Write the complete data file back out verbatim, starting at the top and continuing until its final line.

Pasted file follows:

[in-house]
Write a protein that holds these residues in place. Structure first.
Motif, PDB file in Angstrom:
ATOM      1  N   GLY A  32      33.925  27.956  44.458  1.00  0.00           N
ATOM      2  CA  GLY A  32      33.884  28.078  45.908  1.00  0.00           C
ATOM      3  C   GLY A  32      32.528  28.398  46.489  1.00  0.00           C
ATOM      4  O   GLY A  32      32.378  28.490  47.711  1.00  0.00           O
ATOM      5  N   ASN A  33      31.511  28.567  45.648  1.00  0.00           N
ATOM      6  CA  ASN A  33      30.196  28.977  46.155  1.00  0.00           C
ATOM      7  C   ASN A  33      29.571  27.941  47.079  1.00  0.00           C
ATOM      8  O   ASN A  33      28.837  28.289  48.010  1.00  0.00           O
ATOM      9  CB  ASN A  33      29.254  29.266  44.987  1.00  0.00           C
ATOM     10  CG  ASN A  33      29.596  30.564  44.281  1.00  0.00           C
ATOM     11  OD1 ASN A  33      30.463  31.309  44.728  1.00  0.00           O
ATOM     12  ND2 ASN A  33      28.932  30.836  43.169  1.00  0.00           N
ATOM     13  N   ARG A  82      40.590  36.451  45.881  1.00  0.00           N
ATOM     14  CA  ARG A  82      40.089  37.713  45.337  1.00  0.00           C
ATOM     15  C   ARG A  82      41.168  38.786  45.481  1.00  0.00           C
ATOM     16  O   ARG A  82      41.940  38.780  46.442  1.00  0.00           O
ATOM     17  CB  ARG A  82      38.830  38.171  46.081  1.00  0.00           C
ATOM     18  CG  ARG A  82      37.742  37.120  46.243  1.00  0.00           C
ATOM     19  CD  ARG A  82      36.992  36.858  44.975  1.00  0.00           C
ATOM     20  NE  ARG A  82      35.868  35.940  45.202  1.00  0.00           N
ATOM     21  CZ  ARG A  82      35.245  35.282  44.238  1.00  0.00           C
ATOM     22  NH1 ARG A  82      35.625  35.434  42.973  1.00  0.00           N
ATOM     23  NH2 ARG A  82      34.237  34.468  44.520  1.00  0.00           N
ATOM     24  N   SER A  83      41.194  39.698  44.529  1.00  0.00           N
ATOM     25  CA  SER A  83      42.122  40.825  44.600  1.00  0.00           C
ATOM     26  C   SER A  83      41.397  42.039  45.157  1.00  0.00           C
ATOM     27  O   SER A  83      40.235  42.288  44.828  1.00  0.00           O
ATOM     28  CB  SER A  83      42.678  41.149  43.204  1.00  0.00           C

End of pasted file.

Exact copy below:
[in-house]
Write a protein that holds these residues in place. Structure first.
Motif, PDB file in Angstrom:
ATOM      1  N   GLY A  32      33.925  27.956  44.458  1.00  0.00           N
ATOM      2  CA  GLY A  32      33.884  28.078  45.908  1.00  0.00           C
ATOM      3  C   GLY A  32      32.528  28.398  46.489  1.00  0.00           C
ATOM      4  O   GLY A  32      32.378  28.490  47.711  1.00  0.00           O
ATOM      5  N   ASN A  33      31.511  28.567  45.648  1.00  0.00           N
ATOM      6  CA  ASN A  33      30.196  28.977  46.155  1.00  0.00           C
ATOM      7  C   ASN A  33      29.571  27.941  47.079  1.00  0.00           C
ATOM      8  O   ASN A  33      28.837  28.289  48.010  1.00  0.00           O
ATOM      9  CB  ASN A  33      29.254  29.266  44.987  1.00  0.00           C
ATOM     10  CG  ASN A  33      29.596  30.564  44.281  1.00  0.00           C
ATOM     11  OD1 ASN A  33      30.463  31.309  44.728  1.00  0.00           O
ATOM     12  ND2 ASN A  33      28.932  30.836  43.169  1.00  0.00           N
ATOM     13  N   ARG A  82      40.590  36.451  45.881  1.00  0.00           N
ATOM     14  CA  ARG A  82      40.089  37.713  45.337  1.00  0.00           C
ATOM     15  C   ARG A  82      41.168  38.786  45.481  1.00  0.00           C
ATOM     16  O   ARG A  82      41.940  38.780  46.442  1.00  0.00           O
ATOM     17  CB  ARG A  82      38.830  38.171  46.081  1.00  0.00           C
ATOM     18  CG  ARG A  82      37.742  37.120  46.243  1.00  0.00           C
ATOM     19  CD  ARG A  82      36.992  36.858  44.975  1.00  0.00           C
ATOM     20  NE  ARG A  82      35.868  35.940  45.202  1.00  0.00           N
ATOM     21  CZ  ARG A  82      35.245  35.282  44.238  1.00  0.00           C
ATOM     22  NH1 ARG A  82      35.625  35.434  42.973  1.00  0.00           N
ATOM     23  NH2 ARG A  82      34.237  34.468  44.520  1.00  0.00           N
ATOM     24  N   SER A  83      41.194  39.698  44.529  1.00  0.00           N
ATOM     25  CA  SER A  83      42.122  40.825  44.600  1.00  0.00           C
ATOM     26  C   SER A  83      41.397  42.039  45.157  1.00  0.00           C
ATOM     27  O   SER A  83      40.235  42.288  44.828  1.00  0.00           O
ATOM     28  CB  SER A  83      42.678  41.149  43.204  1.00  0.00           C